• Advantages and disadvantages of rapid growth when it comes to customer service
  • Dealing with management and other staff to aid through rapid growth times
  • Procedures and processes that can be implemented to aid with growth
  • Technology that can be used to help deal with and even benefit from growth
  • and quite a bit more.

Keep in mind that I am not an enterprise level customer service, business, or software guy. Most of my experience is dealing with relatively small businesses that have under 200 employees. That is the group to which most of the advice, insight, information, etc. I provide is targeted to, especially in this series.

Customer Service and Operations

I hope everyone had a nice Thanksgiving. As promised, here is Friday’s short post.

Believe it or not, the Chief Operating Officer and Director of Customer Service (or equivalents) should talk quite a lot. Their jobs are related and they have a lot to learn from each other.

Someone who is in charge of operations is responsible for operating the company on a day-to-day basis. Customer service is both a long term and day-to-day commitment. Customer service also involves a lot of operating procedures.

A COO should regularly review what is involved with certain company processes (i. e. fulfilling an order). A customer service manager should do the same thing. Both should be dedicated to finding out a better way to do it. The customer service manager is usually more of an advocate for the customer, while the COO wants to improve things from an operational/logistics standpoint (making things more efficient).

The COO and customer service manager at a company should try to go through processes quarterly or so and find what they can do to improve them. They should go through what is involved with setting up an account, upgrading, submitting a support request, and all of those things.

Going through major processes like that will allow the two people (who likely have different backgrounds and quite a bit of influence in the company) to find out ways to improve them in more ways than one (making them more efficient, more customer friendly, etc.).

It’s a win-win for everyone.

An Executive’s (Quick) Guide to Customer Service: PDF Version

As promised, here is the free download of the PDF version (with an expanded introduction and some other extra information) of the Executive’s Quick Guide to Customer Service.

Since everyone has different browser settings and such, here is an easy way to download the file:

  1. Go to http://www.serviceuntitled.com/downloads.
  2. Click the file titled “ExecGuidetoCS.pdf”.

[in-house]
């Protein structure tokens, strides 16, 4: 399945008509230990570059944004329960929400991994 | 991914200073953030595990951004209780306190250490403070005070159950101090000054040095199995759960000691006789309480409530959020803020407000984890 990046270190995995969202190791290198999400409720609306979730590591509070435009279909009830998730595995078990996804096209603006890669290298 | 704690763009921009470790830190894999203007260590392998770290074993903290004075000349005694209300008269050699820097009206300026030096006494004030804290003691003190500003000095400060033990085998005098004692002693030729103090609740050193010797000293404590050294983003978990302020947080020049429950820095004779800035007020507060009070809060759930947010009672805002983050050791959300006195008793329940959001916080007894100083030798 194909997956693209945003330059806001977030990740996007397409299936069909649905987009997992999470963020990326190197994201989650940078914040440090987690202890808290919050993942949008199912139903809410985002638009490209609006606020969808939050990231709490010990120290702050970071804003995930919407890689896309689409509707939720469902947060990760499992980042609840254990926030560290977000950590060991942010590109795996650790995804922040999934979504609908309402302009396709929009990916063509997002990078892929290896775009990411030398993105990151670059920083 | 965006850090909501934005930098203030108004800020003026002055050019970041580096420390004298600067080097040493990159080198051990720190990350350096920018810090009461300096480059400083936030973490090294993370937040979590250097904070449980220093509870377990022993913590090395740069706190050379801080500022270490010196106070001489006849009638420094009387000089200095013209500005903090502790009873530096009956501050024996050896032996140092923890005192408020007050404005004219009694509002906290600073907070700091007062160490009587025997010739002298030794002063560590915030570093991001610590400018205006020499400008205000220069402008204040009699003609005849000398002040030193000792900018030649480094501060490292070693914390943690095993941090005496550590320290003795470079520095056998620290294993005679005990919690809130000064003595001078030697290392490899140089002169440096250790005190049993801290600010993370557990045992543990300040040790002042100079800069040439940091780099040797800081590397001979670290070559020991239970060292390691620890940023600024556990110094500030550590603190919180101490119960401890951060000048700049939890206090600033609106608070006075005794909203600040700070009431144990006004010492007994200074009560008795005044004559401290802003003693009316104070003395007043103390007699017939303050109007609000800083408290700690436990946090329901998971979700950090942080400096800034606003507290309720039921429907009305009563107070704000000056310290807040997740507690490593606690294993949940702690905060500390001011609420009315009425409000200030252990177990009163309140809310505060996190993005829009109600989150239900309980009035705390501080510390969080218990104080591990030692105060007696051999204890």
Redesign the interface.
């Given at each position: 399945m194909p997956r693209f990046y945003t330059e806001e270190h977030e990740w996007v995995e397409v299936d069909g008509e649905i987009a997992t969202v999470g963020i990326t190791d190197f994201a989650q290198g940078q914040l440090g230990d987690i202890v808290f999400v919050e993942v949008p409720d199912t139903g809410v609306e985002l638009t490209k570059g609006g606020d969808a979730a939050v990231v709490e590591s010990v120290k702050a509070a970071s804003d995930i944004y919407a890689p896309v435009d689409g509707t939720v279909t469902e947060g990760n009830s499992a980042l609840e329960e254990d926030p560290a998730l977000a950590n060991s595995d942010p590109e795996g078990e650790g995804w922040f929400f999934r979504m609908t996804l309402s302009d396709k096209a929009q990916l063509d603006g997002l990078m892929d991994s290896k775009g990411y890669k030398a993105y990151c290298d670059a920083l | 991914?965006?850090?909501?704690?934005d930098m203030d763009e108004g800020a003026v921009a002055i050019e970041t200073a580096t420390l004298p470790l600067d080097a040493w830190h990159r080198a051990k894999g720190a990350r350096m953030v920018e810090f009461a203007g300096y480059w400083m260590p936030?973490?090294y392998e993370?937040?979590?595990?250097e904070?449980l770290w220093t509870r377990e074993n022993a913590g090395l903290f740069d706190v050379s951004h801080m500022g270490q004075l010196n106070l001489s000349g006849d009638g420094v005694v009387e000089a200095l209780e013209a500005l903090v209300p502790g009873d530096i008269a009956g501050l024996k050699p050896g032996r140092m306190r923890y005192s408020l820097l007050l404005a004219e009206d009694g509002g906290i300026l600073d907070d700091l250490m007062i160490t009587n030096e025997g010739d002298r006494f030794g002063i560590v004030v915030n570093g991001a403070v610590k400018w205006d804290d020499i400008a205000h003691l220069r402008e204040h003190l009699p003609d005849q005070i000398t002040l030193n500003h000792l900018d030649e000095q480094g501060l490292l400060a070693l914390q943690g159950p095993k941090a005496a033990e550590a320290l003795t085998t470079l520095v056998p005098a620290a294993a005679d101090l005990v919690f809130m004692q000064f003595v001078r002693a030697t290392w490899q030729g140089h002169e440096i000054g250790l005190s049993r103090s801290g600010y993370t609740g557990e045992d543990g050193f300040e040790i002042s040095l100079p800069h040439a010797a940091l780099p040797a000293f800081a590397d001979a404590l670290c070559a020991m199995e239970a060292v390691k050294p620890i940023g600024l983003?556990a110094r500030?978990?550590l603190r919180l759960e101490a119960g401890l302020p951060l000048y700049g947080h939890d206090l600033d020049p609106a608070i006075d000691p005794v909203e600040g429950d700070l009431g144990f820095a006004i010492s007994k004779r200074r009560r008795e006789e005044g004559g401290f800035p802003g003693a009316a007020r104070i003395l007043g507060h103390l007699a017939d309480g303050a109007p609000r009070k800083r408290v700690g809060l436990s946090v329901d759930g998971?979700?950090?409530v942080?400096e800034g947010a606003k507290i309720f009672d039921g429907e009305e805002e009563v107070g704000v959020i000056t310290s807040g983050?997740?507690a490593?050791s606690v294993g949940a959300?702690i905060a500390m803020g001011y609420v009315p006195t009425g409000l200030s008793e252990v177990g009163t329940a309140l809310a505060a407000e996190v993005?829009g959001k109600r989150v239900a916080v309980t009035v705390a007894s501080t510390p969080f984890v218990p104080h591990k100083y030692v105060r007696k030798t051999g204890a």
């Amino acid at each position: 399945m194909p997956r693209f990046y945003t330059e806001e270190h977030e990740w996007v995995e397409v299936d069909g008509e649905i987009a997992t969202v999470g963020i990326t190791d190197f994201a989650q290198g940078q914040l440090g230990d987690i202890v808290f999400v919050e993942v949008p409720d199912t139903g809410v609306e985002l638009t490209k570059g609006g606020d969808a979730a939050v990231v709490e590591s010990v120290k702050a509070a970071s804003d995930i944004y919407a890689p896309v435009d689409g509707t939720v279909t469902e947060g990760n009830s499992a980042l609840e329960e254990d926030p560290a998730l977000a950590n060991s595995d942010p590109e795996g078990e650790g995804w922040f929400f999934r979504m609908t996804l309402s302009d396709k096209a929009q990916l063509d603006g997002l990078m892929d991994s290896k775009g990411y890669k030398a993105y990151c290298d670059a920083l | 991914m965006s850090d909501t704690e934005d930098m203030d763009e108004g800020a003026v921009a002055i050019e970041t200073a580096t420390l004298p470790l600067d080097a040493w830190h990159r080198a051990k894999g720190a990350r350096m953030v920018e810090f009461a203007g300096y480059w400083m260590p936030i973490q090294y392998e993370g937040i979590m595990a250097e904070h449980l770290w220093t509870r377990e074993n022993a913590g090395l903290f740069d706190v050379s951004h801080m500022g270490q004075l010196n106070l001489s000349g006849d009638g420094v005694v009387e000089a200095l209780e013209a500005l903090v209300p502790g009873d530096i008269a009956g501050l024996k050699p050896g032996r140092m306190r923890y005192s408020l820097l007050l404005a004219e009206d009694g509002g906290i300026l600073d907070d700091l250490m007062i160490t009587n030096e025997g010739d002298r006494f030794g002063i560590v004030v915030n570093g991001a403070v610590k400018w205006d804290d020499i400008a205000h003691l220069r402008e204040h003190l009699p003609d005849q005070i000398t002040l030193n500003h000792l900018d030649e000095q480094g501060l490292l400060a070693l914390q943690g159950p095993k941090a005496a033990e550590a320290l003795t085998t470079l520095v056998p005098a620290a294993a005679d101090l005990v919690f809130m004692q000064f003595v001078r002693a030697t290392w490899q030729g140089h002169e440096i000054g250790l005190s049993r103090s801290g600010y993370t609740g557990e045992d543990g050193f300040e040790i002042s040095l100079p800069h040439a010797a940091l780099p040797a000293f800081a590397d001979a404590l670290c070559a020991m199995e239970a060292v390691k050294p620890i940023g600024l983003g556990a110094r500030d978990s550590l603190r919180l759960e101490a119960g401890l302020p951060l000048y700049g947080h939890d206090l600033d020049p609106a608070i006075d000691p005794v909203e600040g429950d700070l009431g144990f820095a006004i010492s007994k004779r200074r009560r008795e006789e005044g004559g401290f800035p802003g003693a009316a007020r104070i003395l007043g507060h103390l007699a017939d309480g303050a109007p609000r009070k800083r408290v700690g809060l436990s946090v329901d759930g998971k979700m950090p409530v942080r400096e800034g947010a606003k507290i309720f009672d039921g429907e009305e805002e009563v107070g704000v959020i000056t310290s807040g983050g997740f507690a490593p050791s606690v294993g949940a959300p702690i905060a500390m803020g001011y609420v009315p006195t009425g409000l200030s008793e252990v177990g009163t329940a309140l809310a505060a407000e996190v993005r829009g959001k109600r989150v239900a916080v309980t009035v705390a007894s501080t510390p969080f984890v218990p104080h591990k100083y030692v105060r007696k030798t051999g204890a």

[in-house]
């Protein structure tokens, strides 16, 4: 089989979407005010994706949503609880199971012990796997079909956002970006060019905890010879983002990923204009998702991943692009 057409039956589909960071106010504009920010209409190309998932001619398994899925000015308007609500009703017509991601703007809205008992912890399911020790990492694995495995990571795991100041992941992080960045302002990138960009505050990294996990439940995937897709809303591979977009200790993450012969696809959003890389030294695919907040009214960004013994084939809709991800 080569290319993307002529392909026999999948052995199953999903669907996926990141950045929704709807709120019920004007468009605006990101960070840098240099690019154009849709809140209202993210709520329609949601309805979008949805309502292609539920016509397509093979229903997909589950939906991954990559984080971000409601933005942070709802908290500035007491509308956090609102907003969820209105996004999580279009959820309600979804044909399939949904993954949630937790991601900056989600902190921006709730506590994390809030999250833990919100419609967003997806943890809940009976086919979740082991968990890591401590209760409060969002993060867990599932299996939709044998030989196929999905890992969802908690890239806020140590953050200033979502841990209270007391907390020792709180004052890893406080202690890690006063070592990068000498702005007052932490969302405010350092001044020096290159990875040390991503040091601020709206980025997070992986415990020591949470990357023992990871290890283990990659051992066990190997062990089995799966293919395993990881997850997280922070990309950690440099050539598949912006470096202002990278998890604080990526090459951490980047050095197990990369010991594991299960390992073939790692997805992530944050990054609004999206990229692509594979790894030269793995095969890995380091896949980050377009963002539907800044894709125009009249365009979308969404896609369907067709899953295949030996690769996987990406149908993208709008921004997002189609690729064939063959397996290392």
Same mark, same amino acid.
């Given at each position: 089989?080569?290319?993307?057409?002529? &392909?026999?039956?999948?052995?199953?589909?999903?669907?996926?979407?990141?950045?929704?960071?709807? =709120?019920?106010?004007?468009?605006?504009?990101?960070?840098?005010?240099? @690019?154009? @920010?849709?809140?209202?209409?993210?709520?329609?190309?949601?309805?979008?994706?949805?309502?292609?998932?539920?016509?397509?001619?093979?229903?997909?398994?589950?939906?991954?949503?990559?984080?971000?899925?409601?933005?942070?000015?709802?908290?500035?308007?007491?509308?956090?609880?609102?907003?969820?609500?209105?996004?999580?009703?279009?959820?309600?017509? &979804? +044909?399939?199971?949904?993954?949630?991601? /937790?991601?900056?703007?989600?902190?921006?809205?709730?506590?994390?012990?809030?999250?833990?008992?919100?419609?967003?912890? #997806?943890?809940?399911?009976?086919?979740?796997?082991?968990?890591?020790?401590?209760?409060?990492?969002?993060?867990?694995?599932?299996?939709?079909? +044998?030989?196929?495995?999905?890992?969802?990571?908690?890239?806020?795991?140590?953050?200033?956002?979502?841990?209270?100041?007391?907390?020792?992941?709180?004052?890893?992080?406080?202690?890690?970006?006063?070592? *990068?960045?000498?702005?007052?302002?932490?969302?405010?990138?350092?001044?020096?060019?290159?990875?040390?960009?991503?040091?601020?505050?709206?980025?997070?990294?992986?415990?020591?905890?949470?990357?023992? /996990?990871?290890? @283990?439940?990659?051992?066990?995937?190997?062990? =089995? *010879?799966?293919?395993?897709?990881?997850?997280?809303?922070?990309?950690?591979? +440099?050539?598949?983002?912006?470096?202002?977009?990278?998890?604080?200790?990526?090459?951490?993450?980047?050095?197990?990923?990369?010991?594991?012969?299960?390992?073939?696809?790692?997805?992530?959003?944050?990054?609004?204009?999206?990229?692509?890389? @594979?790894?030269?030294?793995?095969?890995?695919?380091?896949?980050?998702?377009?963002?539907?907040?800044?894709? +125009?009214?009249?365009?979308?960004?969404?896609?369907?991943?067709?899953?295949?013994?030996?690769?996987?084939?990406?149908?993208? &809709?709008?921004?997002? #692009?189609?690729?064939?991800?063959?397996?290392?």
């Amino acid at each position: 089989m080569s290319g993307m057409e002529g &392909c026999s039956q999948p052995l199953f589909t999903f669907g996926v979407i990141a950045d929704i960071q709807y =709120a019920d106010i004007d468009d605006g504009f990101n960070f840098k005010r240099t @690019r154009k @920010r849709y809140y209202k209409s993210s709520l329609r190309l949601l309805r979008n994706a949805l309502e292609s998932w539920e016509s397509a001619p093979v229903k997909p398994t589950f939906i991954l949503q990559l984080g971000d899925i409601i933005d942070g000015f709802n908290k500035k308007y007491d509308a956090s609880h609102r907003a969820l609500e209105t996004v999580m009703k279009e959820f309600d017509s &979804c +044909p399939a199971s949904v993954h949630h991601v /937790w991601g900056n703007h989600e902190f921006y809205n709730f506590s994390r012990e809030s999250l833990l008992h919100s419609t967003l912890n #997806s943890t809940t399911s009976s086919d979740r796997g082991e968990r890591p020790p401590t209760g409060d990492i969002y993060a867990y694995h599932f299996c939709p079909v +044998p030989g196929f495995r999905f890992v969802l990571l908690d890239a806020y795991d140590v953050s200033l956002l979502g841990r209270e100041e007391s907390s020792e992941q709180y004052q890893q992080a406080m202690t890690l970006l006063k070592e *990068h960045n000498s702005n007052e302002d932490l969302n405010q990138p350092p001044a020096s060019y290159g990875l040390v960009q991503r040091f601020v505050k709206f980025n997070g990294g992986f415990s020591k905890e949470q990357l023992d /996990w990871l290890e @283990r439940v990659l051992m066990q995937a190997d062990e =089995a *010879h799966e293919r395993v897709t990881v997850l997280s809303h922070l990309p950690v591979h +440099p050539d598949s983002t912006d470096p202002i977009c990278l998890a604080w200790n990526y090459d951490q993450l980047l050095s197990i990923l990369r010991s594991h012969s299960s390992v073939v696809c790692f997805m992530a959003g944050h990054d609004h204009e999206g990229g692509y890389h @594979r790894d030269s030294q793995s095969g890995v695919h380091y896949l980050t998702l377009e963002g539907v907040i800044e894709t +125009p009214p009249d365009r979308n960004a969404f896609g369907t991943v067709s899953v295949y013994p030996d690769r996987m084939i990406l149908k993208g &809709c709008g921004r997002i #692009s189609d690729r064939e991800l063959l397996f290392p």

3. Click Save and save the document to your Desktop or a folder of your choice.
  4. Open the file using Adobe Acrobat Reader or Foxit Reader (my personal favorite).
  5. Read and enjoy!

If clicking the file does not work, you may need to right click it and choose an option like “Save Target As”. One of those two ways seems to work on pretty much every computer.

You are free (and encouraged) to distribute the article around to friends and colleagues – just ensure you follow the terms outlined at the end (basically, don’t remove anything). The article will hopefully be helpful to you and/or people within your company.

There will be many more downloadable PDF articles on customer service available on Service Untitled in the upcoming months. Most likely, they will all be distributed under the same terms. The next one is the Big List of Things Not to Say. After that, I expect I will go through some old posts and pick out the “gems” and make those available as PDFs as well.

I would like to wish all my U.S. readers a Happy Thanksgiving. I will be taking the day off, but will be back with a short post on Friday. Normal postings will continue on Monday.

An Executive’s (Quick) Guide to Customer Service

This post is also called Five W’s of Customer Service (for Executives). However, I like the above mentioned title more and think it is more appropriate.

I don’t talk about it too much, but a big issue with customer service is that management, particularly non-customer service executives can’t quite embrace the concept. I’ve talked about the Five W’s of Success Through Customer Service, but it wasn’t specific to executives.

This is an executive friendly version of the Five W’s of Customer Service – they should print it out and hang it up on their wall. I will post a PDF version of it later today or tomorrow.